The Primary Colors of Servant Leadership

Caution! Remember to Listen

Then there’s yellow. Universally, yellow is associated with caution or warning. I believe there’s one key attribute of Servant Leadership that most, if not all, of us can use frequent reminders about. Did you guess listening? I figured you did. Listening isn’t an automatic response for many of us. Most leaders receive formal training in reading, writing, and public speaking. When I asked the 100+ people attending the PMI Norway event, it was close to unanimous those whom received training in those three.

When I asked how many had received any kind of formal training in listening — well, what would you think. It was three, well four if you include me.

I love what Larry King said, I remind myself every morning:

Nothing I say this day will teach me anything. So if I’m going to learn, I must do it by listening.

Listening is essential. The great servant leaders I know have helped me learn to listen first, talk later. 

Authenticity: Being the Real Deal

Now, what about the blue?

Hmm. I had to noodle that a while. I  finally landed on authenticity. You know, “true blue”. I believe the question, “Are you for real?” is on the minds of many followers. Especially, those whose leaders proclaim Servant Leadership. Recalling the definition of Servant Leadership provided earlier, you may see why so many followers want to know if their leaders who aspire to be servant-leaders are for real. “You’re putting my needs, growth, and development ahead of your own? For real?”

How About That for a Job Title?

During the conference, before I spoke, Kate Henrikson, a participant sought me out at a break. She is the COO, of Miles AS, a consulting firm in Norway. She handed me her card, it reads, “COO/ Daglig tjener”. Isn’t that cool? In case your Norwegian is no better than mine, that translates to daily servant. And I just discovered their CEO is referred to as group servant.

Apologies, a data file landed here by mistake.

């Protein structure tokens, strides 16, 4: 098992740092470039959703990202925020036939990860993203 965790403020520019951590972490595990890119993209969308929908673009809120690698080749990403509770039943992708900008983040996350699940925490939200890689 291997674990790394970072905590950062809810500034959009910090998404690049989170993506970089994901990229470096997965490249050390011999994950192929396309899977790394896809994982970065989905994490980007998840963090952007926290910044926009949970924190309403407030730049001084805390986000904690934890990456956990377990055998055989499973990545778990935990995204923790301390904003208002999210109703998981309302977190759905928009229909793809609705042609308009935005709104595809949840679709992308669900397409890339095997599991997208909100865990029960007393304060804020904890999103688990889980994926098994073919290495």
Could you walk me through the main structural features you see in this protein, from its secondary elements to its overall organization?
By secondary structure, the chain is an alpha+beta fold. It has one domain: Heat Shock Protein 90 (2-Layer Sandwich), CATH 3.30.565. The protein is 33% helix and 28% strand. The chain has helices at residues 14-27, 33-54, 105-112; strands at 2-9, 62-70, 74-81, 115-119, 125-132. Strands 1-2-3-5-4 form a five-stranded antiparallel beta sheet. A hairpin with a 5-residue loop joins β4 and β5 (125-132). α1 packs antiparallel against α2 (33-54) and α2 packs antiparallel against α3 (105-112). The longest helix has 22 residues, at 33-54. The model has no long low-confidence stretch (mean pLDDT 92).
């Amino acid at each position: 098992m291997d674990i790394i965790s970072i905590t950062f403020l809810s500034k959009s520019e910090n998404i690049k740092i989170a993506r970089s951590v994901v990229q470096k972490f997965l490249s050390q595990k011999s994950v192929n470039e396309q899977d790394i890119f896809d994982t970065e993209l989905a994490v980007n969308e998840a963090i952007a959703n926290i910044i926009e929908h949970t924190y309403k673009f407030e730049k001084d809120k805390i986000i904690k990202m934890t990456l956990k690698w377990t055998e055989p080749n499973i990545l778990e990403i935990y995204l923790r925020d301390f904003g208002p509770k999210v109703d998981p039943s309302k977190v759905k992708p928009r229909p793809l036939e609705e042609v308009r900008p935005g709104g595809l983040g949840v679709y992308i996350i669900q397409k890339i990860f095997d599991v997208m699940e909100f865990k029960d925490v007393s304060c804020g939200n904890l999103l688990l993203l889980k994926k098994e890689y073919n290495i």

Now here’s what I love. And I’ve found this to be true in so many of my consulting encounters. This company was practicing Servant Leadership without the label or framework. It was outside consultants who were interested in their unique approach to company culture who helped them discover that Servant Leadership was the best label. Since then, they have wholeheartedly adopted it.

All the Colors of the Rainbow

The beautiful part of discovering that Servant Leadership is your approach to leadership is that as a result of labeling it, you can practice Servant Leadership more consciously and consistently. And as you too, become a daily servant, you begin seeing all the colors of the rainbow manifesting around you.

For me, it begins with those primary colors — empathy, listening, and authenticity. What are the primary colors you are including in your leadership palette?


Kevin Monroe
Kevin Monroe
Kevin Monroe helps people flourish on the road less traveled in business, leadership, and life so they make their dent in the universe. Since he was a teenager, he has usually chosen roads less traveled which usually involve going against the grain and seeking to go with the flow. All in hopes of making the world a better place and inspiring others to do the same. His unique contribution to the world is creating environments, hosting encounters, and crafting experiences where people are inspired, equipped, and encouraged to live, love, and lead in extraordinary ways. He hosts a variety of events and experiences designed to do just that including; the Higher Purpose Podcast, The Gratitude Challenge, This ExtraOrdinary Life, and most recently, The League of Extraordinary Difference Makers. Kevin holds a Master of Arts in Organizational Leadership from Gonzaga University and an undergraduate degree in theology from Mercer University. He lives in Woodstock, GA with his lovely wife, Gwen. They are the parents of two adult children and one precocious granddaughter, Emma.

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